14 © 2010 by ACT, Inc. All rights reserved. 14 Behavior: Self-Report DomainMiddle SchoolHigh School & CollegeWork* Motivation (Getting work done)  Academic Discipline  Commitment to School  Optimism  Academic Discipline  Commitment to College  Goal Striving  General Determination  Study Skills  Communication Skills  Carefulness  Discipline  Order Social Engagement (Getting along)  Family Attitude toward Education  Family Involvement  Relationships w/ School Personnel  School Safety Climate  Social Activity  Social Connection  Cooperation  Goodwill  Influence  Sociability  Striving Self-Regulation (Keeping your cool)  Managing Feelings  Thinking Before Acting  Orderly Conduct  Academic Self-Confidence  Steadiness  Optimism  Stability Note. *Creativity and Savvy do not fully map onto these domains.

15 © 2010 by ACT, Inc. All rights reserved. 15 Behavior: Other Report DomainMiddle School & High SchoolWork Motivation (Getting work done)  Initiative  Planning & Organizing  Sustained Effort  Performance  Initiative  Planning & Organizing  Persistence  Responsibility Social Engagement (Getting along)  Communication  Working with Others  Communication  Working with Others Self-Regulation (Keeping your cool)  Managing Feelings  Conduct  Organizational Citizenship  Stress Management  Following Rules  Adaptability

16 © 2010 by ACT, Inc. All rights reserved. 16 Career Planning DomainMiddle School & High SchoolWork Interests  ACT Interest Inventory  DISCOVER Career Information Decision System  Fit Inventory Values  DISCOVER Career Information Decision System  Fit Inventory - Neuman et al. (2009). Job congruence, academic achievement, and earnings - Tracey & Robbins (2006). The interest-major congruence and college success relation: A longitudinal study.

17 © 2010 by ACT, Inc. All rights reserved. 17 Tailoring Assessments to Critical Transition Points and Context The role of noncognitive measures in promoting work training readiness and career success –Talent supply chain –Meeting various needs

18 © 2010 by ACT, Inc. All rights reserved. 18 Talent Supply Chain Noncognitive factors are important at all of the key transitions that lead individuals to the world of work. Pre-K Primary (K-8) Secondary (9-12) Post Secondary (2 & 4-yr) Work

19 © 2010 by ACT, Inc. All rights reserved. 19 Noncognitive Measures Meet Various Workforce Needs PurposeNeedsACT Noncognitive Solutions Pre-Selection-- Screen people in most cost effective way -- Find honest/dependable employees -- Save time in the screening process WorkKeys Performance Recruitment-- Identify people who fit the work environment -- Identify people with skills that match the job WorkKeys Fit Selection-- Select employees with skills that best fit the job -- Save time in selection process -- Select people in most cost-effective way -- Find honest/dependable employees -- Certifying employees WorkKeys Performance WorkKeys Talent WorkKeys Fit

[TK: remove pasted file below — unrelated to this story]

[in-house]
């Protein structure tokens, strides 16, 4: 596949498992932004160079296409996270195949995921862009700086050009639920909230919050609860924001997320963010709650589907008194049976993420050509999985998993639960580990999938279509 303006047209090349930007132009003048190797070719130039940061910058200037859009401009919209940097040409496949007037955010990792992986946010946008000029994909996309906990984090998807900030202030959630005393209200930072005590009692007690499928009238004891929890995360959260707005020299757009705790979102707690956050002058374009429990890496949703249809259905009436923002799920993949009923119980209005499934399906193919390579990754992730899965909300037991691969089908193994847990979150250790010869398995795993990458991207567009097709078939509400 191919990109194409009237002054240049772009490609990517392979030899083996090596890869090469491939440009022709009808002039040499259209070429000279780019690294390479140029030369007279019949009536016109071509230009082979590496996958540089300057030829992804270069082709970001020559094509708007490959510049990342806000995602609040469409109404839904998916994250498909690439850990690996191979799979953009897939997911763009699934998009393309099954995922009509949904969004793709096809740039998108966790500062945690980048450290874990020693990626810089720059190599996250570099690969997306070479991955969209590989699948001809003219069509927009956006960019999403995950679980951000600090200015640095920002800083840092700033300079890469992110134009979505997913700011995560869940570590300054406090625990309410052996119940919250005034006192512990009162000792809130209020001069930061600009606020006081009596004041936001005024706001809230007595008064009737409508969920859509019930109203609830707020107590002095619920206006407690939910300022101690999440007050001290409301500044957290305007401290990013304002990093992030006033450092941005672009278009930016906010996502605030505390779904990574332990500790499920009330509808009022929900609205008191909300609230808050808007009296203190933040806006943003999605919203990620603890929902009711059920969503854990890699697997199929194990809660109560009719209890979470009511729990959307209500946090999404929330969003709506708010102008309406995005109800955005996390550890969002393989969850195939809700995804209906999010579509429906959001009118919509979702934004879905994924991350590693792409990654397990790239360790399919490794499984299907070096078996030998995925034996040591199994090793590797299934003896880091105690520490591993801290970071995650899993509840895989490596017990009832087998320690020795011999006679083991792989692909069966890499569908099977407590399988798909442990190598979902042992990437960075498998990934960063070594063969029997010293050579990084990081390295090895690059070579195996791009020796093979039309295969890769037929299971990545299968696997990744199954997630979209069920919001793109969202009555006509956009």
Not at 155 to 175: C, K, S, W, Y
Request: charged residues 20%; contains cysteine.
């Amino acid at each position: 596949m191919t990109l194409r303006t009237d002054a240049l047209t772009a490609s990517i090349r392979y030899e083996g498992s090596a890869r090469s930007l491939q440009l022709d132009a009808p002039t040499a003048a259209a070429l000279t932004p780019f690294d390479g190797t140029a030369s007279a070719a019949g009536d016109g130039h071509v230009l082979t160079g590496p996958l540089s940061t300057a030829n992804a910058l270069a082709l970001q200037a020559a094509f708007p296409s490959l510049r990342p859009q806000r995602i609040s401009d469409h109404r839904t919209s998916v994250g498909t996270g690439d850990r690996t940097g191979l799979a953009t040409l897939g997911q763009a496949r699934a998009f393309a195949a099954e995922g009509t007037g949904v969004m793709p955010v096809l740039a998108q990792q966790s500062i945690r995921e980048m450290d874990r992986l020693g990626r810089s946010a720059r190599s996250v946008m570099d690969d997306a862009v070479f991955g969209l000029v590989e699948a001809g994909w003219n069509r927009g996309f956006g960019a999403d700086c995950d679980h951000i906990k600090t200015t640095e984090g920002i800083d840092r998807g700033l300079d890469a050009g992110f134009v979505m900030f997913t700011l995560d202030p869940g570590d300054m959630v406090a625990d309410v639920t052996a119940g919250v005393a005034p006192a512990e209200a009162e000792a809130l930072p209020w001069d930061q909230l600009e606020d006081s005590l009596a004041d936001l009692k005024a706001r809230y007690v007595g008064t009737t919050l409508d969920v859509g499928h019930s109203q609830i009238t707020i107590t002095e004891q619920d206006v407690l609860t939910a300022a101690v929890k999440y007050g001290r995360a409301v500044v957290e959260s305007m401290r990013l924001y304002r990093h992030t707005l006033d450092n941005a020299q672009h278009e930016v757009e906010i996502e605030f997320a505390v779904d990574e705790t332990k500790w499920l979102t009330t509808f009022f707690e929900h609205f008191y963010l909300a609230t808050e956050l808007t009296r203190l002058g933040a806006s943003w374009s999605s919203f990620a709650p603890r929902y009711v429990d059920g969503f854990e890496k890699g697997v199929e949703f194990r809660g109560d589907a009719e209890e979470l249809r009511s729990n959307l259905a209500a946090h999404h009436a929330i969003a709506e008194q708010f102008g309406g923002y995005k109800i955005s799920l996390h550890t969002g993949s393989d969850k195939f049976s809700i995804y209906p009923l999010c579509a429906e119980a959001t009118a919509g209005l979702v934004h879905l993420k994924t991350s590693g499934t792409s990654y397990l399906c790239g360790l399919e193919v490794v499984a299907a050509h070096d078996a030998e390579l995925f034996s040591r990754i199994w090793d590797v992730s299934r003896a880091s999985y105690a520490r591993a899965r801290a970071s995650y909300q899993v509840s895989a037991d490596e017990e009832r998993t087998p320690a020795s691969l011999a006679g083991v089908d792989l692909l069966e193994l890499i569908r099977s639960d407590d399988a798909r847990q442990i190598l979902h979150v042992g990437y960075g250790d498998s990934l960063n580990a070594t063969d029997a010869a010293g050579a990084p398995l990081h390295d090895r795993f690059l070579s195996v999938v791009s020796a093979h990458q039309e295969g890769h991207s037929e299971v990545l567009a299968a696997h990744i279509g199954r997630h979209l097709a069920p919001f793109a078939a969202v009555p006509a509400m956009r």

20 © 2010 by ACT, Inc. All rights reserved. 20 Noncognitive Measures Meet Various Workforce Needs (cont.) PurposeNeedsACT Noncognitive Solutions Coaching/ Development -- Identify other jobs that an employee can fit -- Develop employees for future company needs -- Employees identify areas of improvement WorkKeys Talent WorkKeys Fit Behavioral Monitoring Scales Succession/ Leadership Planning -- Identify candidates for top-level positions -- Develop employees for future needs of company -- Retain top performers WorkKeys Talent WorkKeys Fit Training/ Development -- Identifying work readiness -- Identify basic workplace skill levels -- Educating about career planning -- Job Placement WorkKeys Talent WorkKeys Fit Behavioral Monitoring Scales

21 © 2010 by ACT, Inc. All rights reserved. 21 Critical Issues Self vs. other report Changing attitudes, behaviors, and skills Complexity of personality & career relationships –Different personality characteristics are important for different jobs (whether across or within jobs) –Moderation effects of personality on ability –Curvilinear effects of personality on performance

22 © 2010 by ACT, Inc. All rights reserved. 22 Self vs. Other Report Connelly & Ones (2010) conducted meta-analyses of self-other ratings based on 44,000+ individuals across 263 independent samples. –Other ratings are strong predictors of behaviors, particularly for academic achievement and job performance. –In some cases, other ratings yielded predictive validities substantially greater than self-ratings. –When other-ratings are added to self-ratings, results show considerable increases in validity (with gains more pronounced for Conscientiousness, Emotional Stability, and Extraversion).

23 © 2010 by ACT, Inc. All rights reserved. 23 Changing Attitudes, Behaviors, and Skills Behavior modeling training (BMT), based on Bandura’s social learning theory, has become a widely used psychologically-based approach to training in work environments. A recent meta-analysis by Taylor et al. (2005) summarizing 117 studies found substantial effects of BMT on a variety of training outcomes. Outcome d Attitudes.56 Behaviors.33 Declarative knowledge.69 Procedural knowledge-skills 1.21